For those interested here is Nick Elson's Pitch breakdown after pitch 8 of Mighty Mouse (copy pasted from Mountain Project).

  • Pitch 9: Move the belay left and climb a handcrack in a left-facing flake corner just right of the more prominent corner. Actually quite a good pitch (5.9).

  • Pitch 10: Climb up and right eventually gaining a ramp that leads way right to a ledge with a clump of trees (mid-5th).

  • Pitch 11: Climb slabs to the obvious left-facing corner. A bit scruffy with some loose blocks (5.8).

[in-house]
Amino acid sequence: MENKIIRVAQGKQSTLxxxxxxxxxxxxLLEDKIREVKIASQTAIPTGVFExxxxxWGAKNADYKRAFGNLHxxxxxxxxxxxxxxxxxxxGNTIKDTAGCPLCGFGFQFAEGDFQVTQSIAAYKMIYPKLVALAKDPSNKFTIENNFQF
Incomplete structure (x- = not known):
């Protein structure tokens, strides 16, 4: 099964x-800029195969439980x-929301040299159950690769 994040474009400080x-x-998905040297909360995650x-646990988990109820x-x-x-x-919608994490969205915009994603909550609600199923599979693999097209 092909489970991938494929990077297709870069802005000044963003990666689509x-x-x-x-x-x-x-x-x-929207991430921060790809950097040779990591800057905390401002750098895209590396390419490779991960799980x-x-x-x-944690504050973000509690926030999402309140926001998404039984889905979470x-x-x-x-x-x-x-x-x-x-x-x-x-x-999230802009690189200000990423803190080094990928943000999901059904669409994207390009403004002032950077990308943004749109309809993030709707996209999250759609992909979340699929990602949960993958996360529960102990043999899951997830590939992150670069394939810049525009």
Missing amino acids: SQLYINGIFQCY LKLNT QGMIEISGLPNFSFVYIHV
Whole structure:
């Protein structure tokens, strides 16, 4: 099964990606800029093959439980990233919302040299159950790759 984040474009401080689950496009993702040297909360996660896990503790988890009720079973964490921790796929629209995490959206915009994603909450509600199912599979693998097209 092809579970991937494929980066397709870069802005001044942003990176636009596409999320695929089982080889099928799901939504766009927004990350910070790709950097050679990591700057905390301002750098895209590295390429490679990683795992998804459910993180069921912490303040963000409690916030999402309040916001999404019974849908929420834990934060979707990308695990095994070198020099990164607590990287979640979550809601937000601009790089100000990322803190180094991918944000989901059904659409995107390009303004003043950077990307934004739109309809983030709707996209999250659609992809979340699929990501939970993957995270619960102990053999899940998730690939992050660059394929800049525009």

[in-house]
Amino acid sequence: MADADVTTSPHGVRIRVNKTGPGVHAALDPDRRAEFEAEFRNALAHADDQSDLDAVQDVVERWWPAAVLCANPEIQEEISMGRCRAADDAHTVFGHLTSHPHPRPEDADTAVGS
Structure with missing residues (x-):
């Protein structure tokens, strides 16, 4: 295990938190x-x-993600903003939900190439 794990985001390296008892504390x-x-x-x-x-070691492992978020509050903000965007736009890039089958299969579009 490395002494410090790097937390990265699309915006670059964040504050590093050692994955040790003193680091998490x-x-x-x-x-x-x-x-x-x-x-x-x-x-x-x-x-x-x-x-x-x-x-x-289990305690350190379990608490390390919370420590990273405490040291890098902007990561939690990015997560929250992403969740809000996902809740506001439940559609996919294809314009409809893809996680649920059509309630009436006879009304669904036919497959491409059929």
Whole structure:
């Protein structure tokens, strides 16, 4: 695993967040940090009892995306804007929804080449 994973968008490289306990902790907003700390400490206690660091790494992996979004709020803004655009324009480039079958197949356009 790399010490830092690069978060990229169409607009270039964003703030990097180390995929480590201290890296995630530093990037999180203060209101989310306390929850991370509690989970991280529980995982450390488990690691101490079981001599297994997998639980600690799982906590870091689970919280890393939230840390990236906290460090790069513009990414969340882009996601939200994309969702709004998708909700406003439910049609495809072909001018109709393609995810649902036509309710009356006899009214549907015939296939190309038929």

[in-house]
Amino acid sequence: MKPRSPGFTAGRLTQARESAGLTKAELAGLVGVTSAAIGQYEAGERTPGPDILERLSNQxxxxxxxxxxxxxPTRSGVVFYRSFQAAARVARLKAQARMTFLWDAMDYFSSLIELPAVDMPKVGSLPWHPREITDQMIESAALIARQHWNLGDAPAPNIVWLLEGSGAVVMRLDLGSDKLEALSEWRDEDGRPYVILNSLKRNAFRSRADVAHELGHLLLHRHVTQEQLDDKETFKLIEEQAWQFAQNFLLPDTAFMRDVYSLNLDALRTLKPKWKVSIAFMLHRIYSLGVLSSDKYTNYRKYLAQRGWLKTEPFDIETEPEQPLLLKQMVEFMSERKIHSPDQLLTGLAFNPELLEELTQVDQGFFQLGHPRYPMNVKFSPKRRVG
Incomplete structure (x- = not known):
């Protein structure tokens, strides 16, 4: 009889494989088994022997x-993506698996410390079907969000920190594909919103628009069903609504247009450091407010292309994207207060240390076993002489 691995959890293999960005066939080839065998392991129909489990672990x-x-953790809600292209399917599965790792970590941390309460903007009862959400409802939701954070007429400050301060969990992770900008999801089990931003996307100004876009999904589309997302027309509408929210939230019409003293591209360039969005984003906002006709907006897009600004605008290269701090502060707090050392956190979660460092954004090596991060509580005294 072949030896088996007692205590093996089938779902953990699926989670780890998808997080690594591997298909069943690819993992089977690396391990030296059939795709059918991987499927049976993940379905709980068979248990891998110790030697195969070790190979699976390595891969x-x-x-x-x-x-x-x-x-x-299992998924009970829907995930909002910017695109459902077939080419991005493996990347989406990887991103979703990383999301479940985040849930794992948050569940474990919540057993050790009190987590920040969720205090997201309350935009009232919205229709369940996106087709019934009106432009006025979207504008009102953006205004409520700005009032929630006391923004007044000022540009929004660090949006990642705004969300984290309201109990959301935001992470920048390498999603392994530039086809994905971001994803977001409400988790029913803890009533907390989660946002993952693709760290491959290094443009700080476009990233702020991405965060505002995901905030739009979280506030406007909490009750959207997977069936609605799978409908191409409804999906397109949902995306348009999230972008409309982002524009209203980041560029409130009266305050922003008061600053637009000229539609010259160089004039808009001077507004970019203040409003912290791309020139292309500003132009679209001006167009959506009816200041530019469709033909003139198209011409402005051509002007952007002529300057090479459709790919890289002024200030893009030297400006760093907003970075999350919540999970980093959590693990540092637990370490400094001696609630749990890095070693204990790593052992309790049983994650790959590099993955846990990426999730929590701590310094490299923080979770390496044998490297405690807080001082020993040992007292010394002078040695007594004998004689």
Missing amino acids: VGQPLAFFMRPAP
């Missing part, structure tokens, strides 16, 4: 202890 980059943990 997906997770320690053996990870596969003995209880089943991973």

• Pitch 12: Slabby traverse right to a couple scruffy moves that gain another ledge with trees. Continue up the ramp on the right to the arete and up to a big ledge with boulders (5.8).

  • Pitch 13: Steep boulder problem above the ledge (might be possible to go around on the left?) and then easier climbing a short wide crack and a big ledge (5.10 boulder, then mid-5th).

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1 Comment

Dec 18, 2023

Looks like an amazing adventure with not a soul in sight!